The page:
Google’s (GOOG) earnings are ancient news now. The search company did much better than expected. The economy did not bring it down like a rhino killed off in the wild.
The company’s Q3 EPS of $4.92 was above Wall St’s forecast of $4.75. Revenue moved up a remarkable 31% to $5.54 billion. The number that almost no one expected was that the rate at which customers clicked on Google ad search links went up. Consumers are still interested in buying things and they find them mixed within the Google search results.
Google may get advertising from large companies like GM (GM) and Bank of America (BAC). They apparently find that the targeted environment of search is more a more powerful tool for getting customers. None of that is good for internet display ads, TV, or newspapers. In a recession, there is only so much marketing money to go around.
What is less obvious than the fact that big advertisers are moving to search is the strength of small business spending which the Google numbers uncovered. The hidden economy of tiny enterprises must be doing substantially better than some government numbers would tell.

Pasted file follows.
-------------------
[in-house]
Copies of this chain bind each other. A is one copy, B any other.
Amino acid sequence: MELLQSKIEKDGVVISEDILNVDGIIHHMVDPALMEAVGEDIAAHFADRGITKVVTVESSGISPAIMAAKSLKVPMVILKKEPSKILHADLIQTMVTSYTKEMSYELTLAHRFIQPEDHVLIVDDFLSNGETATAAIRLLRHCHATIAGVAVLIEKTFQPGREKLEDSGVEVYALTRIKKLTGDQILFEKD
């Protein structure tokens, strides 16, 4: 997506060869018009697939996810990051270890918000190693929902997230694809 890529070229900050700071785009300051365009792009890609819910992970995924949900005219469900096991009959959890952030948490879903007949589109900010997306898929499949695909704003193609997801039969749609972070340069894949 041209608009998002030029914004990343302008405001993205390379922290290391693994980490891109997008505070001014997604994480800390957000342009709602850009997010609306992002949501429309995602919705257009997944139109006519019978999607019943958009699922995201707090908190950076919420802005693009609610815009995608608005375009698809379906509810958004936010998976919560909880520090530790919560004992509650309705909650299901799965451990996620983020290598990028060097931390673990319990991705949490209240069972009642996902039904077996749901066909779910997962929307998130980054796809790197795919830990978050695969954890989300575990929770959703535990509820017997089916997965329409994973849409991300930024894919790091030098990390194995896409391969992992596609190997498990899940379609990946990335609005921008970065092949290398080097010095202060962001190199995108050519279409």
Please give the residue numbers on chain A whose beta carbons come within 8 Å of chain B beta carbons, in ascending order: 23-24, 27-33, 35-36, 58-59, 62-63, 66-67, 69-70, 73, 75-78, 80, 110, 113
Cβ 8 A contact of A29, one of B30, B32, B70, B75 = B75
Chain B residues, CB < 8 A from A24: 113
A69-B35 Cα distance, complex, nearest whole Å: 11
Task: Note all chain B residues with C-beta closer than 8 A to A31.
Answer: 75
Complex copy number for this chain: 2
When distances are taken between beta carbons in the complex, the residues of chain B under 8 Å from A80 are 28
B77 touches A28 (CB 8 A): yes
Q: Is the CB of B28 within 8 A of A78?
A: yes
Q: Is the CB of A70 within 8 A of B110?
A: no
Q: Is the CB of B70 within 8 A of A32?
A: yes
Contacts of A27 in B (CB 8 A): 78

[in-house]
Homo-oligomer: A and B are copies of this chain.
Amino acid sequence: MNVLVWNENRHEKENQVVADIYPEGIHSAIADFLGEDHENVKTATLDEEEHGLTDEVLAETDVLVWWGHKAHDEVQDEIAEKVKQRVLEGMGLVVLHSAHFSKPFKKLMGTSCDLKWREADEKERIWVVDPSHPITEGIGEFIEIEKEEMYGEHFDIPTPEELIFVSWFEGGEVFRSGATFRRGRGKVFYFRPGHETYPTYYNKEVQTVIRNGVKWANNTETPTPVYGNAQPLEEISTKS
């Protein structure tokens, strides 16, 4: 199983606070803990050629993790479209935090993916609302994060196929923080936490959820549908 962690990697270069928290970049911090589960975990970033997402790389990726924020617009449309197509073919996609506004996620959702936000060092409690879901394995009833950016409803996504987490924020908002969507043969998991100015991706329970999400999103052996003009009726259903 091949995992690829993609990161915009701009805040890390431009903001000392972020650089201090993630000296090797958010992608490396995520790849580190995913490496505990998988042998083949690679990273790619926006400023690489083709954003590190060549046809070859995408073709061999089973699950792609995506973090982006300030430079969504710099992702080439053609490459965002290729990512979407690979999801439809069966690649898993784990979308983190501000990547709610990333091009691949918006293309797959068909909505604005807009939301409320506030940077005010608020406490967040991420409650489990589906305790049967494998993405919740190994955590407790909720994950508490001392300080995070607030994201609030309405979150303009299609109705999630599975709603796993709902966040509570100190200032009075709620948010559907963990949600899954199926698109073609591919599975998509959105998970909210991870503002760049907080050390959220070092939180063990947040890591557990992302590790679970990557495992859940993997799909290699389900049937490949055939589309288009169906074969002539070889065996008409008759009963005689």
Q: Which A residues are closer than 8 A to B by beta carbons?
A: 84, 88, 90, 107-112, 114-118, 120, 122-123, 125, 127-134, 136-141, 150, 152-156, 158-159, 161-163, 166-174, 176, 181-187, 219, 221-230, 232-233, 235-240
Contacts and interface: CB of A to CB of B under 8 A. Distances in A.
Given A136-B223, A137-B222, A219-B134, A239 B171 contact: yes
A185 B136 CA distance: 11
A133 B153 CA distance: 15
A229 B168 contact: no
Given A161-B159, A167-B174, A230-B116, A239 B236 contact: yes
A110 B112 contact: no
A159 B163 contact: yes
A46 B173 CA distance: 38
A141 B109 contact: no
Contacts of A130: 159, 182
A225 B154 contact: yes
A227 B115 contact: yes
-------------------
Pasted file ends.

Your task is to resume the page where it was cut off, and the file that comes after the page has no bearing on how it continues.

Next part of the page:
Google may have some brand name marketers among its customers, but most of the volume of its advertising comes from hundreds of thousands of smaller companies around the world. Drop the word “baby” into the Google search box. The advertising is from topbabynames.com and babymommystuff.com. Punch in the term “boats” and the paid links are to pontoonstuff.com and hotboatdealers.com.
Google’s results uncover the robustness of an unimaginable number of marketers who may only spend a few thousand dollars to vie for customers. But, they would not be spending the money unless, in the judgments of these modest operations, it worked.
The surveys from the Commerce Department and MasterCard Small Business would have the public believe that the economy is dying from the ground up at the same time that companies such as GM (GM) and Merrill Lynch (MER) are dying from the top down.
The Google earnings may be good for Google, but also allow for a remarkable optimism about the rest of the economic world. It is surviving dollar by marketing dollar and click-by-click, but it is still surviving.
Douglas A. McIntyre